Nearly 2,000 children under five have starved to death in Ethiopia

Kamogelo Olaitan

More than 1,900 children have died from malnutrition in the Tigray region in Ethiopia since June last year, seven months after civil war broke out.

According to a study conducted by Tigray Regional Health, most of the children who died were under the age of five.

A doctor who participated in the study told AP News that the true number of deaths could be higher as most hunger deaths go unrecorded.

“Families are unable to bring their children to health centres because of transportation challenges. We also cannot access most areas so we do not know what is happening on the community level,” said the doctor, who didn’t want to be named.

The deaths were recorded at health facilities across Tigray between June last year and 1 April 2022.

Health officials in the region also said they don’t have enough supplies to treat many patients and that shortages are so dire that some patients’ relatives must personally buy medicines from private pharmacies at inflated prices and bring them to the hospital before their family members can be treated.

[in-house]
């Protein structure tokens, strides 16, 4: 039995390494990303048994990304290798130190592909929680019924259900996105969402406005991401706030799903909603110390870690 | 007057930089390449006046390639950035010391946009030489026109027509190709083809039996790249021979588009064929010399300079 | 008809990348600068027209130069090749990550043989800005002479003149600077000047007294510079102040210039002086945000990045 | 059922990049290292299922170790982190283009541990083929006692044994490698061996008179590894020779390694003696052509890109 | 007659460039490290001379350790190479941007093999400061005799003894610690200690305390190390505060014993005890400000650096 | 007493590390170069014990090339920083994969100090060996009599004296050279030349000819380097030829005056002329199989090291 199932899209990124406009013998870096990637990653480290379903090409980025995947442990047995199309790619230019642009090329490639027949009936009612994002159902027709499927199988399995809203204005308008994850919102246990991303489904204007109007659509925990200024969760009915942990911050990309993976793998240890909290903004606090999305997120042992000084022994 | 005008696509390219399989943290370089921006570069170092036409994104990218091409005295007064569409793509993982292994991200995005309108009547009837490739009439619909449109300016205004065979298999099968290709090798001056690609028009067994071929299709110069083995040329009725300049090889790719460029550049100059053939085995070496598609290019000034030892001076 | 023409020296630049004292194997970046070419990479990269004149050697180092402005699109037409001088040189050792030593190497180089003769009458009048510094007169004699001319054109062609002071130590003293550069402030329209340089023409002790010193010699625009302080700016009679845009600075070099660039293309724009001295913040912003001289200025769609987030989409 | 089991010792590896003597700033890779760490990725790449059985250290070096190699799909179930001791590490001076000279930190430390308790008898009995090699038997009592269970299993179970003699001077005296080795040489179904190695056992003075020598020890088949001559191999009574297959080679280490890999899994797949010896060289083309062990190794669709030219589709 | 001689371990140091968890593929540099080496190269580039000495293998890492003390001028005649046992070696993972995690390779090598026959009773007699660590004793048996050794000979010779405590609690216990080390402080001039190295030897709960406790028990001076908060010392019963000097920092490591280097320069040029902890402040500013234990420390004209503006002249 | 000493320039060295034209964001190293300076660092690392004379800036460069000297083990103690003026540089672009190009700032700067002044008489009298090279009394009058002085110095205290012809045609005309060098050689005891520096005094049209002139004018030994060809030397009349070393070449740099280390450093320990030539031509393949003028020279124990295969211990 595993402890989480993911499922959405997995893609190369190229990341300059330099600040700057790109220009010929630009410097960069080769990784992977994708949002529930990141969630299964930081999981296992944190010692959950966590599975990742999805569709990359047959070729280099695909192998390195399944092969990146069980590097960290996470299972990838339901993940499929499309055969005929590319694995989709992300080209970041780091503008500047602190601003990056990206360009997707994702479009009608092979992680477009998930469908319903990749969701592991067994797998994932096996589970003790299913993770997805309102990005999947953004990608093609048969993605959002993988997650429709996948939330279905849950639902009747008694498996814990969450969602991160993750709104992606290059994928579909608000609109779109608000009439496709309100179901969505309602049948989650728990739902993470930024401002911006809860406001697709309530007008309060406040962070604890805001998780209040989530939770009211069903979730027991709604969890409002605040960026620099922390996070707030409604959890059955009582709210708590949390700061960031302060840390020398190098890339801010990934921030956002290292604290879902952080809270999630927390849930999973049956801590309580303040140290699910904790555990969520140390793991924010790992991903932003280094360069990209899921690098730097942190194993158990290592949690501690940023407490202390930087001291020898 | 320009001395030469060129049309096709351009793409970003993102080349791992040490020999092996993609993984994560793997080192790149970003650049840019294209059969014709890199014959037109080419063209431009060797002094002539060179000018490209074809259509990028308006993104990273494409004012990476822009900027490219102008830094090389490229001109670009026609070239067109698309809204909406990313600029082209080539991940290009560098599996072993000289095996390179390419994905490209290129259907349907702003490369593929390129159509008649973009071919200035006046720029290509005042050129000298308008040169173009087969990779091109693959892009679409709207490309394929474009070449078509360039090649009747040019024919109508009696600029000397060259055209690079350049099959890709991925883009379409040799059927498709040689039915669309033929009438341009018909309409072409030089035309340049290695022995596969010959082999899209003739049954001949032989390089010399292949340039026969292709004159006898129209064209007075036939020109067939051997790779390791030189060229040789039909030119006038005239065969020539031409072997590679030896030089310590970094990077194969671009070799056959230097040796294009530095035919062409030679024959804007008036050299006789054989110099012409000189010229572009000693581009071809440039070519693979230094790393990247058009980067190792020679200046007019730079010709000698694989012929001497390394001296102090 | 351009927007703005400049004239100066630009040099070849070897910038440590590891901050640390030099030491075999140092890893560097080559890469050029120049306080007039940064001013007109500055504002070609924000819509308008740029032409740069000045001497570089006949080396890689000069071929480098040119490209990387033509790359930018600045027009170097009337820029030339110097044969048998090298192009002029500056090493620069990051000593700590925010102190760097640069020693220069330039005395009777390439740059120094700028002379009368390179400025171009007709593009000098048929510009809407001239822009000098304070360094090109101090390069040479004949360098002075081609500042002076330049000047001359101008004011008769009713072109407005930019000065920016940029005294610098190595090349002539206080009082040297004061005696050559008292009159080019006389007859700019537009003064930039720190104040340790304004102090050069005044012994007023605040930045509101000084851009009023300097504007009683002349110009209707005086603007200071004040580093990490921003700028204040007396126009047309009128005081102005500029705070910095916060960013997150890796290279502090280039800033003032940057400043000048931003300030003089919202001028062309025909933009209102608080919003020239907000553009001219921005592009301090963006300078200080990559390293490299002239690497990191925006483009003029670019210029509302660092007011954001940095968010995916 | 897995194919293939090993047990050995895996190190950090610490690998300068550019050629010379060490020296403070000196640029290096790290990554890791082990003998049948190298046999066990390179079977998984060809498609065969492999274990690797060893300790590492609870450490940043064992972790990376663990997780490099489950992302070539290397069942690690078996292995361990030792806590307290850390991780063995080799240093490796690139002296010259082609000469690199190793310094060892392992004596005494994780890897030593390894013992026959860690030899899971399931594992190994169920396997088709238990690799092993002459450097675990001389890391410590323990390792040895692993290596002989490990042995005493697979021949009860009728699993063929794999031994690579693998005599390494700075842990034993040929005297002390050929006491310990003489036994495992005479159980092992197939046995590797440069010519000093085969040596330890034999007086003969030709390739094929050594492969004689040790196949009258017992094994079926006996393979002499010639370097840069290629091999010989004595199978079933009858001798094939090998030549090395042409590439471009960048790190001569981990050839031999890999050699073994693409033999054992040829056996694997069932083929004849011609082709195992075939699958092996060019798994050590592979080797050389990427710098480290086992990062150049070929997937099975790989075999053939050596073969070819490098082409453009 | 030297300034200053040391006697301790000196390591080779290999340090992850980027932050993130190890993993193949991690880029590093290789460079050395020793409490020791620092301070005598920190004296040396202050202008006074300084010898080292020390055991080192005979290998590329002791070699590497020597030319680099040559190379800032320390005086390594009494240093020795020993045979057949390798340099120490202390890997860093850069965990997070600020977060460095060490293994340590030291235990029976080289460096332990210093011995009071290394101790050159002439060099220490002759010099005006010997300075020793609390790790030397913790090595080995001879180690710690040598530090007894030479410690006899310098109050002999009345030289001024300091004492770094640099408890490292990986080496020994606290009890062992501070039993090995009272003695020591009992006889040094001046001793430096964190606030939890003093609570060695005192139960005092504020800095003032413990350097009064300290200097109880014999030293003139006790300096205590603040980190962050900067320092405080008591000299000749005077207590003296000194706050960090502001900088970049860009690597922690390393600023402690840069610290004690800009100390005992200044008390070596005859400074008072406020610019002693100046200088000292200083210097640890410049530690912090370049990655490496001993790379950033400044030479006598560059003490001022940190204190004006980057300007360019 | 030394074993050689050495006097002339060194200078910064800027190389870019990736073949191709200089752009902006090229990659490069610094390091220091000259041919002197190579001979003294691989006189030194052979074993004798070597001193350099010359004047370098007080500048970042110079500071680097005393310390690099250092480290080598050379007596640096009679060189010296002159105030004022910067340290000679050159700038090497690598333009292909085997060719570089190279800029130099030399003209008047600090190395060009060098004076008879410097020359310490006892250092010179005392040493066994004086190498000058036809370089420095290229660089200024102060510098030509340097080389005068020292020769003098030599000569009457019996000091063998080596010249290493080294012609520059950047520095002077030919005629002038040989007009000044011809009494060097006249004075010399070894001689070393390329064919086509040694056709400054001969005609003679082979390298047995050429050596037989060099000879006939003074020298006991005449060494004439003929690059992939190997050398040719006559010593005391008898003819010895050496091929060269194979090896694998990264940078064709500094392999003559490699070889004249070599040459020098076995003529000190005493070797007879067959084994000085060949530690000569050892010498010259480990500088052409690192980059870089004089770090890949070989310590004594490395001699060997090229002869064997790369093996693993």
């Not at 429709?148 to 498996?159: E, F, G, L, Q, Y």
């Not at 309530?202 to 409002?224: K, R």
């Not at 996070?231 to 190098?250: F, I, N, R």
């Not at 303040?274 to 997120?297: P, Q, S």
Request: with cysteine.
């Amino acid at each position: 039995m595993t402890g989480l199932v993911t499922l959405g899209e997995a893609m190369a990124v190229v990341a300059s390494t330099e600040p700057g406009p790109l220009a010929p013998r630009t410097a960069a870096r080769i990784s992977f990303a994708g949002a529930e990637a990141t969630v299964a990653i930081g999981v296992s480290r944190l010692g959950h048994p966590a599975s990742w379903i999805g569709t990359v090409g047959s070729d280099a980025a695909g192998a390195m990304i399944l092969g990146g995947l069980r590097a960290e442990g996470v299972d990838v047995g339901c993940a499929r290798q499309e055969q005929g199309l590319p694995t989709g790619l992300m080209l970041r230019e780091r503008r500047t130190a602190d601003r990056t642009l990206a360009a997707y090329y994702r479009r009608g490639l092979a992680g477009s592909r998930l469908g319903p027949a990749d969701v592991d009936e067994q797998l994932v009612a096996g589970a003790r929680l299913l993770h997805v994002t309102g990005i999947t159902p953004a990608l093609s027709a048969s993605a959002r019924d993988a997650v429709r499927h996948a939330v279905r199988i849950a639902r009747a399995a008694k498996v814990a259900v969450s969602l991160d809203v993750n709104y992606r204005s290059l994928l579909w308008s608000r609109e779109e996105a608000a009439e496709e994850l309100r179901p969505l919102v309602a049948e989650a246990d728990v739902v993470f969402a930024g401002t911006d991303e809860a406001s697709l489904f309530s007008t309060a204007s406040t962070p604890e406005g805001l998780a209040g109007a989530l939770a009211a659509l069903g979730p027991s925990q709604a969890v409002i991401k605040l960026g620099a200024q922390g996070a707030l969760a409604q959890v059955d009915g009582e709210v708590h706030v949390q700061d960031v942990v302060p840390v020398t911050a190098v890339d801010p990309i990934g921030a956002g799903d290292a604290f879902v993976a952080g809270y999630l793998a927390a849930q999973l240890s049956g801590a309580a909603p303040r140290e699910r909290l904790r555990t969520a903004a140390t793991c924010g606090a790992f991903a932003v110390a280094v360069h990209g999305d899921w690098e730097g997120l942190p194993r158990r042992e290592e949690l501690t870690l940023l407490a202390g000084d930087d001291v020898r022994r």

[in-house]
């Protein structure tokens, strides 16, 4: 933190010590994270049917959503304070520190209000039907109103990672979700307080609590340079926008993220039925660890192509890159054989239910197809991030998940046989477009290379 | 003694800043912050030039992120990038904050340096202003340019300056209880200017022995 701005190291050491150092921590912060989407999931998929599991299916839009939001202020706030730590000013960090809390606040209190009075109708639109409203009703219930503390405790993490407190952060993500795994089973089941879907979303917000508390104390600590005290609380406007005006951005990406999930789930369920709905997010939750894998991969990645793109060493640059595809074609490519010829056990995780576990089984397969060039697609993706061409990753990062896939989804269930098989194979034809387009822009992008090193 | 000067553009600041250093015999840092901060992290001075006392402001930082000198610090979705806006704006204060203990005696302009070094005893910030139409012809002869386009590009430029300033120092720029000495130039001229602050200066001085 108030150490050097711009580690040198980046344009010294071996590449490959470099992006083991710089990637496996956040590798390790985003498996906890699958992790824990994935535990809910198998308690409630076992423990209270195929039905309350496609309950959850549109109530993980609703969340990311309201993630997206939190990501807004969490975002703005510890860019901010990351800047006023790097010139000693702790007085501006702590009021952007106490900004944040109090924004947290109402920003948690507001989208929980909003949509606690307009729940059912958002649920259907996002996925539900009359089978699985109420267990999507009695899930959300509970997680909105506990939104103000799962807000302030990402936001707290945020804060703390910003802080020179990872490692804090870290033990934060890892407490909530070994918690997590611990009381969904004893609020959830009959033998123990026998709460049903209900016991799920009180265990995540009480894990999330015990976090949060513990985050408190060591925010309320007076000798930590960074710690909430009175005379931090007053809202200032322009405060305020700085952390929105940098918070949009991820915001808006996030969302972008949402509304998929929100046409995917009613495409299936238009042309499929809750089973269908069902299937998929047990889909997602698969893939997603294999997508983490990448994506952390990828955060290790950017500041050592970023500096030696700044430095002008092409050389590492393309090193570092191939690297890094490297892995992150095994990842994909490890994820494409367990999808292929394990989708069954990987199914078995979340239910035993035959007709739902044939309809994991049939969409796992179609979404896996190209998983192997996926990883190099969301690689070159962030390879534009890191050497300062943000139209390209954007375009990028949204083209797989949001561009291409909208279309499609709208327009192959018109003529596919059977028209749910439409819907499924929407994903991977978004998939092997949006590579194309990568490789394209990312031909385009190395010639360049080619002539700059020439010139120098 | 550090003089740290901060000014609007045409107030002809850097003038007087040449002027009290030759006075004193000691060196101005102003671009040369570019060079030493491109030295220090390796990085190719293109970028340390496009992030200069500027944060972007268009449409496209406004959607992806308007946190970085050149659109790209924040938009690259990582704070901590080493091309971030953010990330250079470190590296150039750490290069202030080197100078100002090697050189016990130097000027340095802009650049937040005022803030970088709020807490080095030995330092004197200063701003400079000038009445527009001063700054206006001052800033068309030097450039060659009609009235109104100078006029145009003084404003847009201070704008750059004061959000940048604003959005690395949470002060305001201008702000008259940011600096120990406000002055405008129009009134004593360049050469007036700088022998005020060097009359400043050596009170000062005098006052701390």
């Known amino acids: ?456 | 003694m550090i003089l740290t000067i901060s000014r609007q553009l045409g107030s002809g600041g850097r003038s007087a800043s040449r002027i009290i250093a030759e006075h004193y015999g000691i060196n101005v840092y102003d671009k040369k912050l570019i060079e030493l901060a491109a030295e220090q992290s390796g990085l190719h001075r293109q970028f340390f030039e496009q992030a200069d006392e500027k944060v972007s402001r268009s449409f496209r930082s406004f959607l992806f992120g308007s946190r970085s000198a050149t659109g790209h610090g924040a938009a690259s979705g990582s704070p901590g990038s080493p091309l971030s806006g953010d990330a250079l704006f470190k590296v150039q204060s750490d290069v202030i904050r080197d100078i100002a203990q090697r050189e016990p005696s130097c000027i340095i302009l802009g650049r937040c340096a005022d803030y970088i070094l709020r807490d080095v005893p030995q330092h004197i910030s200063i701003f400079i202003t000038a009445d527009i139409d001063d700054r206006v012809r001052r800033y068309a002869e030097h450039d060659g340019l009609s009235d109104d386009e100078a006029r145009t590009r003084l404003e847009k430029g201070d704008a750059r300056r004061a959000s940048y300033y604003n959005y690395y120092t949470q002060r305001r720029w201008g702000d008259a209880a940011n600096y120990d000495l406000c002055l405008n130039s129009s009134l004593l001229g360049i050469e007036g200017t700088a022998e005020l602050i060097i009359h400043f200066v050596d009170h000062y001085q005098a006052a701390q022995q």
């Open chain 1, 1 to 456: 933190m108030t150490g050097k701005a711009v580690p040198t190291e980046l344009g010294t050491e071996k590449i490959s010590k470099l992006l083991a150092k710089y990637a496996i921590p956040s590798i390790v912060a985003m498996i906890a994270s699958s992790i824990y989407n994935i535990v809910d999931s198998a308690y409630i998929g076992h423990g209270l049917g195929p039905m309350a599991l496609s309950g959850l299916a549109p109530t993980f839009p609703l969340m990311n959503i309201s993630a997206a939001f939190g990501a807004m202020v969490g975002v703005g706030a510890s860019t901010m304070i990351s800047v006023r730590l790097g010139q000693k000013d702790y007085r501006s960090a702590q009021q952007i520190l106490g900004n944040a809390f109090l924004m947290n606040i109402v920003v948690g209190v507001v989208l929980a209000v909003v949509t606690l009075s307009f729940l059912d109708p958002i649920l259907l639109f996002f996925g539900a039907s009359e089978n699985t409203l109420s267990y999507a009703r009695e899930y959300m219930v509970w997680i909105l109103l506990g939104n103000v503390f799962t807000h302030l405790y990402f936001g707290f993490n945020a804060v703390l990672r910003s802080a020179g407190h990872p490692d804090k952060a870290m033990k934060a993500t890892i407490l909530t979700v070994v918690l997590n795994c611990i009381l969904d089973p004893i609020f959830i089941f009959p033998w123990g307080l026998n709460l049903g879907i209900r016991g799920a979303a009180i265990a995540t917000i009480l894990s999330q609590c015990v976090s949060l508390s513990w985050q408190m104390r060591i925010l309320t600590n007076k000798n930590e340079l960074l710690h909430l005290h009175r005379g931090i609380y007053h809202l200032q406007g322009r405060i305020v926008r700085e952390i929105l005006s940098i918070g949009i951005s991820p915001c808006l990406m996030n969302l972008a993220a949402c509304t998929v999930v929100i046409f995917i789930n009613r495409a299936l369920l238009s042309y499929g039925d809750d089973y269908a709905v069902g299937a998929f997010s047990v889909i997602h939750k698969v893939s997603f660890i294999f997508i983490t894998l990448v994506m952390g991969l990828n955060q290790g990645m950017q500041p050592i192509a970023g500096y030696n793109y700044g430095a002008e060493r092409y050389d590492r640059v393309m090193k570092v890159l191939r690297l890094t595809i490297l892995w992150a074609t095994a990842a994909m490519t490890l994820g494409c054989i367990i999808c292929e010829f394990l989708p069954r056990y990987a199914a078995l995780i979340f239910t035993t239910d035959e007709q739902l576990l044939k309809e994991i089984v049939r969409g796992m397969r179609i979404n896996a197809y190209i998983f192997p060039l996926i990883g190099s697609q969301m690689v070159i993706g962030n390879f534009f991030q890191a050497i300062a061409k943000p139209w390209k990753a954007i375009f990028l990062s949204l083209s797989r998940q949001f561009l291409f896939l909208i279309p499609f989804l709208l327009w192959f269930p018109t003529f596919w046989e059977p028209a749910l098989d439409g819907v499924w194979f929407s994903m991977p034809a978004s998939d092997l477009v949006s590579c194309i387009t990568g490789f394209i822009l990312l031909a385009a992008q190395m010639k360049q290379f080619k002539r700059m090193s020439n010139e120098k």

Ethiopian authorities have blocked communications and flights into Tigray since the start of the civil war in November 2020.

In June 2021 Tigray was cut off from the rest of Ethiopia when fighters from the Tigray People’s Liberation Front recaptured most of the region.

Civil servants have not been paid in months, while many civilians have run out of cash to buy food and other goods because banking services have been shut down.

The United Nations estimates that more than 90% of Tigray’s 5.5 million people require humanitarian assistance, including 115,000 children who are severely malnourished.

For the past 18 months, a blockade has been in place, stopping almost all humanitarian aid from reaching Tigray.

The United Nations reported that of the 438 trucks sent into Tigray to deliver aid last year only 38 returned.

Research suggests that as many as 500,000 people have died in the region since the war started.

Image source: Prakash Singh / AFP